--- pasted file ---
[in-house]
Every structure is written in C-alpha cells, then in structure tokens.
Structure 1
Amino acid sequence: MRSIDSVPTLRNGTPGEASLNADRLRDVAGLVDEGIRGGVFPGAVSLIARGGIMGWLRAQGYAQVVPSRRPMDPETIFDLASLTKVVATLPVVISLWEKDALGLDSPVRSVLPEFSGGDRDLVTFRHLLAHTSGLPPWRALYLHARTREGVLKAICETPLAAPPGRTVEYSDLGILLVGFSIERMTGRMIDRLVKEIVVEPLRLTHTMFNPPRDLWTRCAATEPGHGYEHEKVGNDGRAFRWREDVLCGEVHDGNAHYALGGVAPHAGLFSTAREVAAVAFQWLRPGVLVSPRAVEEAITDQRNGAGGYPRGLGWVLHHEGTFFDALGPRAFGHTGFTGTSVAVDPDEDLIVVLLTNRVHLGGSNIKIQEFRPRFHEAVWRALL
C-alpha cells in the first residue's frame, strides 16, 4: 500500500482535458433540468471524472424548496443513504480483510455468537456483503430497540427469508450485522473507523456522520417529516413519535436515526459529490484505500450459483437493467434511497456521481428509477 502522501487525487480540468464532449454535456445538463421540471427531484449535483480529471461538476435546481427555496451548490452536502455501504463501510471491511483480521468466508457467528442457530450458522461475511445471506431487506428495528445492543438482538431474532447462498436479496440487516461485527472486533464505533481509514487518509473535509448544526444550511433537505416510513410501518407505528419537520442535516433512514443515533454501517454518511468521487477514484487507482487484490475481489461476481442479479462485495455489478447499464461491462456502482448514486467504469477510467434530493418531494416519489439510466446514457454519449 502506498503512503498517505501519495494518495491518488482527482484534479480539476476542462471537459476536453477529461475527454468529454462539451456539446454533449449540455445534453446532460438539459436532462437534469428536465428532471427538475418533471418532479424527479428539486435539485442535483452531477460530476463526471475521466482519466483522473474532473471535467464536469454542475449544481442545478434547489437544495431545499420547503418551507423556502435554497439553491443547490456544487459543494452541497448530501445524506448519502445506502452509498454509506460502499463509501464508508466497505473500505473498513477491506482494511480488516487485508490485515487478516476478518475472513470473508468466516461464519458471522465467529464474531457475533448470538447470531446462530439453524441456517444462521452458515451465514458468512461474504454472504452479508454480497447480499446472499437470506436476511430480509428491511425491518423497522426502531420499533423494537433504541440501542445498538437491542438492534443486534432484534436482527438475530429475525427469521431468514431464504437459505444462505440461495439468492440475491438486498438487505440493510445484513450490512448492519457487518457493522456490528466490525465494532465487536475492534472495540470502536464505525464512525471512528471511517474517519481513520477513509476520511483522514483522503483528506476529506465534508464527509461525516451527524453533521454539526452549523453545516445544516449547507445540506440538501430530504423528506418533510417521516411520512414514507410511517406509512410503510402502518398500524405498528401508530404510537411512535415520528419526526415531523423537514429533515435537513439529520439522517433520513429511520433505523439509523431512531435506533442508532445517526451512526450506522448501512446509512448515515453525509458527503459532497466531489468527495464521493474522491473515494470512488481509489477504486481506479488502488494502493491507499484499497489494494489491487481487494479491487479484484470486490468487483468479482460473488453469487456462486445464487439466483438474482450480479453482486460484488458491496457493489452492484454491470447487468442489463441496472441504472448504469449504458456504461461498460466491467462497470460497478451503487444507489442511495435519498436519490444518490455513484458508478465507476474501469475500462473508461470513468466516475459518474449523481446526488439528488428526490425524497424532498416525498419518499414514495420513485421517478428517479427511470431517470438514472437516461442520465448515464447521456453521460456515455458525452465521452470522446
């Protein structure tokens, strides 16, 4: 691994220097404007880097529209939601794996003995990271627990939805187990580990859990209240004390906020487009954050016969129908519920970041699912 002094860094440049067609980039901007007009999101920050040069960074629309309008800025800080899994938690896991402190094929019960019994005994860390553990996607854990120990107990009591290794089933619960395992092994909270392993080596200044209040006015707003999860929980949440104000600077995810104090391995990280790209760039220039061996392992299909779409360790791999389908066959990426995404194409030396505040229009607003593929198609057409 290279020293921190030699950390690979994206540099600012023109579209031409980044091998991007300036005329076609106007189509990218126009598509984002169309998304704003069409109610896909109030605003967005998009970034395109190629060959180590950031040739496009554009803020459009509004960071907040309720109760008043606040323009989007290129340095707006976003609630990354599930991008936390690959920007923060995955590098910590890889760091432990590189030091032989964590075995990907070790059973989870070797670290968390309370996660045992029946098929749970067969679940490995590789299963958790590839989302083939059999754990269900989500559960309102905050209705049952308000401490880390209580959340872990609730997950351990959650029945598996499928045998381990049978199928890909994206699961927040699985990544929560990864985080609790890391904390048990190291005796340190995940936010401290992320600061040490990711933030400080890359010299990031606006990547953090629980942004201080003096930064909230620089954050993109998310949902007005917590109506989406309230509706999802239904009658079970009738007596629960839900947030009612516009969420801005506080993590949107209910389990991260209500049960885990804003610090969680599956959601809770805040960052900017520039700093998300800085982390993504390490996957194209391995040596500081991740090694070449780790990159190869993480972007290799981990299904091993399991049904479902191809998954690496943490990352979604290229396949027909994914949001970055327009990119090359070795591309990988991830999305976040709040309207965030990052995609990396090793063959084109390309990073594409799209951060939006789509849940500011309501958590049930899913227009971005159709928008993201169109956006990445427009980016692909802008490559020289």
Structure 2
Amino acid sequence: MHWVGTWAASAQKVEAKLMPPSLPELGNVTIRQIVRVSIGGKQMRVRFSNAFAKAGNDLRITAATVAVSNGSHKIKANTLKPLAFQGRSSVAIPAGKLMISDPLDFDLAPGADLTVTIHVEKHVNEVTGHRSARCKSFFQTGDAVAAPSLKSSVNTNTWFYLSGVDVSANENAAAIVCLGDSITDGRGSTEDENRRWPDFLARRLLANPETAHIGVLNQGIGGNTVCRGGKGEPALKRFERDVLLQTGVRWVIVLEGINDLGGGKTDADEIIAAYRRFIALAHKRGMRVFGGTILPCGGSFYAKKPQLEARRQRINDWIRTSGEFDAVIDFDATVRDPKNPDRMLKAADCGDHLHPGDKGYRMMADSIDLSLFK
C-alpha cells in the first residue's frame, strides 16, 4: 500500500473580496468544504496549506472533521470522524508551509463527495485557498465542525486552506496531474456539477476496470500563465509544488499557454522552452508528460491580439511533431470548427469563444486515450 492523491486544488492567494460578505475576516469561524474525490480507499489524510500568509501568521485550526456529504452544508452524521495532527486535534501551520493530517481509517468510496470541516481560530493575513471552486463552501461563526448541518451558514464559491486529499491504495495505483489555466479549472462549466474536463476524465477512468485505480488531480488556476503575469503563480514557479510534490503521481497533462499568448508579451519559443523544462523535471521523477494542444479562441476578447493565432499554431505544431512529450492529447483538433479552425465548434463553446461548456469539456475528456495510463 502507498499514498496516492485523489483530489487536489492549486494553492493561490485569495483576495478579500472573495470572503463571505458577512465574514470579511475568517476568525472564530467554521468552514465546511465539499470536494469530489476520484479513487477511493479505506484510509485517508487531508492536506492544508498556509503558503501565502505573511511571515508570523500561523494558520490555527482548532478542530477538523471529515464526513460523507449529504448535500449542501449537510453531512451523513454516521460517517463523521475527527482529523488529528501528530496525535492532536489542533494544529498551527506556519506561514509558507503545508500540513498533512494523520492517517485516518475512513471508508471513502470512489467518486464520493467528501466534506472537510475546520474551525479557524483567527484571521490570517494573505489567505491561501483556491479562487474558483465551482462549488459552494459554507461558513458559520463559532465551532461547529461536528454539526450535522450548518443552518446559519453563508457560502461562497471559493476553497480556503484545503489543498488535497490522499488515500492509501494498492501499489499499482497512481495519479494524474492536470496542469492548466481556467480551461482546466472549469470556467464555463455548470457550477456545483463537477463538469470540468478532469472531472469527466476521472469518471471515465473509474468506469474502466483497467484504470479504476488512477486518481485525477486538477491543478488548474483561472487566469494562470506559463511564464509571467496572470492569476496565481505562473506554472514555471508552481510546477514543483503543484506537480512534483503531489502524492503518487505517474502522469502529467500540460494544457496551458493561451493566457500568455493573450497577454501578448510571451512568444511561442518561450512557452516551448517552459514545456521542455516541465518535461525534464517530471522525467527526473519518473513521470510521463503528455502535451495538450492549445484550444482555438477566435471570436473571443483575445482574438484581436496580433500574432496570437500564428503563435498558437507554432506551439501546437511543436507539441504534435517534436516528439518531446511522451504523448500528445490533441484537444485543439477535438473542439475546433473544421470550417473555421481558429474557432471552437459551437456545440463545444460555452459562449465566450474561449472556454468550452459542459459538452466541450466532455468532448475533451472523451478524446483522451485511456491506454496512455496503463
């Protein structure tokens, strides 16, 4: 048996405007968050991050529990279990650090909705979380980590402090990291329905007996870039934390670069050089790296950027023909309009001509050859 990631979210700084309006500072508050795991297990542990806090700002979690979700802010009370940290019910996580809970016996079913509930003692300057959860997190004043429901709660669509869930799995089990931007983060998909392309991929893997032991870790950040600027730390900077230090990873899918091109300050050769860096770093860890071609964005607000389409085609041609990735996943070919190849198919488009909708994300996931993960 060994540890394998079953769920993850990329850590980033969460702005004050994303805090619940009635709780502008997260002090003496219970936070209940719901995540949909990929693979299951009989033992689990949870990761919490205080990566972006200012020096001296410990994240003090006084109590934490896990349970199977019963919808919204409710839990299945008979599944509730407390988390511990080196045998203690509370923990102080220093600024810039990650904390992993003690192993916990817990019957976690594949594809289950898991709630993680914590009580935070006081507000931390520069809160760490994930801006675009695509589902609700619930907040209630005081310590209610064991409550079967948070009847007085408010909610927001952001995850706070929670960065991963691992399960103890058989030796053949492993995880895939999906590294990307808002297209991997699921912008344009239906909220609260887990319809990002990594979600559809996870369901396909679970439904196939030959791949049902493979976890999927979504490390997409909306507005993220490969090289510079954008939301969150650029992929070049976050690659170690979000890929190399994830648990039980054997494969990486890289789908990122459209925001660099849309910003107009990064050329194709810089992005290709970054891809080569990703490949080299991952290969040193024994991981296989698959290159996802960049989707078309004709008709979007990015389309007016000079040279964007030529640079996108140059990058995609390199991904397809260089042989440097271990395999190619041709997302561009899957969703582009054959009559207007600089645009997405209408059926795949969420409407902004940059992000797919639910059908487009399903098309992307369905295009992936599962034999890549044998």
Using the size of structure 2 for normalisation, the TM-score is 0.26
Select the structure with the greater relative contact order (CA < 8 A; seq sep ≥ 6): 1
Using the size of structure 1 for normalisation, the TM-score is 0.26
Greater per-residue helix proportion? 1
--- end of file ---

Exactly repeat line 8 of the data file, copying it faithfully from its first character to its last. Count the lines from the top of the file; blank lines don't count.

Amino acid sequence: MHWVGTWAASAQKVEAKLMPPSLPELGNVTIRQIVRVSIGGKQMRVRFSNAFAKAGNDLRITAATVAVSNGSHKIKANTLKPLAFQGRSSVAIPAGKLMISDPLDFDLAPGADLTVTIHVEKHVNEVTGHRSARCKSFFQTGDAVAAPSLKSSVNTNTWFYLSGVDVSANENAAAIVCLGDSITDGRGSTEDENRRWPDFLARRLLANPETAHIGVLNQGIGGNTVCRGGKGEPALKRFERDVLLQTGVRWVIVLEGINDLGGGKTDADEIIAAYRRFIALAHKRGMRVFGGTILPCGGSFYAKKPQLEARRQRINDWIRTSGEFDAVIDFDATVRDPKNPDRMLKAADCGDHLHPGDKGYRMMADSIDLSLFK